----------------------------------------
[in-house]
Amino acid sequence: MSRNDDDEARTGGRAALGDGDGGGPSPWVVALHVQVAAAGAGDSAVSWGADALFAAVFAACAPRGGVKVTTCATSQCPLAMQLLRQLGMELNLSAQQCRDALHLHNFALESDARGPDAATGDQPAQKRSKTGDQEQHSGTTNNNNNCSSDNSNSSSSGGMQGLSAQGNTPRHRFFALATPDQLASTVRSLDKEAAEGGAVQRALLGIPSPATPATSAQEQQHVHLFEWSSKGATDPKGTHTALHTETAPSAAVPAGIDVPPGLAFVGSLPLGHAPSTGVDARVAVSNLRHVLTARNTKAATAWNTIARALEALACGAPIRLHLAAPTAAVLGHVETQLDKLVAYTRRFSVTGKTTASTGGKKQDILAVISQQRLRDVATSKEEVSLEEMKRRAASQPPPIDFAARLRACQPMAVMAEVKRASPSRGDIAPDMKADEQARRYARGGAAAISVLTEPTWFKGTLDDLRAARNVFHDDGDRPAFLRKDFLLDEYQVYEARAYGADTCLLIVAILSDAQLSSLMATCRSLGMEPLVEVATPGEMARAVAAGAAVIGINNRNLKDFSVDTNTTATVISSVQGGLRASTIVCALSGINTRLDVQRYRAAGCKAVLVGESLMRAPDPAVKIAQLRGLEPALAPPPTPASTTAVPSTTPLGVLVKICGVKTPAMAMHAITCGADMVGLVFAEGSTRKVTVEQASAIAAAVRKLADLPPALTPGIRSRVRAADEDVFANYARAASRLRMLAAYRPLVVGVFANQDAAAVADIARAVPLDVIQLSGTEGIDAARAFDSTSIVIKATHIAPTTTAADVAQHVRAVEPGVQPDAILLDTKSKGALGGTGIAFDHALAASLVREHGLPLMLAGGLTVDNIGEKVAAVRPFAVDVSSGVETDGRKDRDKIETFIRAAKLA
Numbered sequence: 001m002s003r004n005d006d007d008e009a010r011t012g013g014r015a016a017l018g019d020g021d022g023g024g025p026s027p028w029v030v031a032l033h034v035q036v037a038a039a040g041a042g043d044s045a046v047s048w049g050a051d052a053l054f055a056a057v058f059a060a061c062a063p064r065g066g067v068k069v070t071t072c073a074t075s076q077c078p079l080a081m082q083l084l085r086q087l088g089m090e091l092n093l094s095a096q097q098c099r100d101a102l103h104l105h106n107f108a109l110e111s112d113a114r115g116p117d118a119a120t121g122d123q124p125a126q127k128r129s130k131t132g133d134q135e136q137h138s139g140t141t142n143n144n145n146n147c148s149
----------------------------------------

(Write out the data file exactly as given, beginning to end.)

[in-house]
Amino acid sequence: MSRNDDDEARTGGRAALGDGDGGGPSPWVVALHVQVAAAGAGDSAVSWGADALFAAVFAACAPRGGVKVTTCATSQCPLAMQLLRQLGMELNLSAQQCRDALHLHNFALESDARGPDAATGDQPAQKRSKTGDQEQHSGTTNNNNNCSSDNSNSSSSGGMQGLSAQGNTPRHRFFALATPDQLASTVRSLDKEAAEGGAVQRALLGIPSPATPATSAQEQQHVHLFEWSSKGATDPKGTHTALHTETAPSAAVPAGIDVPPGLAFVGSLPLGHAPSTGVDARVAVSNLRHVLTARNTKAATAWNTIARALEALACGAPIRLHLAAPTAAVLGHVETQLDKLVAYTRRFSVTGKTTASTGGKKQDILAVISQQRLRDVATSKEEVSLEEMKRRAASQPPPIDFAARLRACQPMAVMAEVKRASPSRGDIAPDMKADEQARRYARGGAAAISVLTEPTWFKGTLDDLRAARNVFHDDGDRPAFLRKDFLLDEYQVYEARAYGADTCLLIVAILSDAQLSSLMATCRSLGMEPLVEVATPGEMARAVAAGAAVIGINNRNLKDFSVDTNTTATVISSVQGGLRASTIVCALSGINTRLDVQRYRAAGCKAVLVGESLMRAPDPAVKIAQLRGLEPALAPPPTPASTTAVPSTTPLGVLVKICGVKTPAMAMHAITCGADMVGLVFAEGSTRKVTVEQASAIAAAVRKLADLPPALTPGIRSRVRAADEDVFANYARAASRLRMLAAYRPLVVGVFANQDAAAVADIARAVPLDVIQLSGTEGIDAARAFDSTSIVIKATHIAPTTTAADVAQHVRAVEPGVQPDAILLDTKSKGALGGTGIAFDHALAASLVREHGLPLMLAGGLTVDNIGEKVAAVRPFAVDVSSGVETDGRKDRDKIETFIRAAKLA
Numbered sequence: 001m002s003r004n005d006d007d008e009a010r011t012g013g014r015a016a017l018g019d020g021d022g023g024g025p026s027p028w029v030v031a032l033h034v035q036v037a038a039a040g041a042g043d044s045a046v047s048w049g050a051d052a053l054f055a056a057v058f059a060a061c062a063p064r065g066g067v068k069v070t071t072c073a074t075s076q077c078p079l080a081m082q083l084l085r086q087l088g089m090e091l092n093l094s095a096q097q098c099r100d101a102l103h104l105h106n107f108a109l110e111s112d113a114r115g116p117d118a119a120t121g122d123q124p125a126q127k128r129s130k131t132g133d134q135e136q137h138s139g140t141t142n143n144n145n146n147c148s149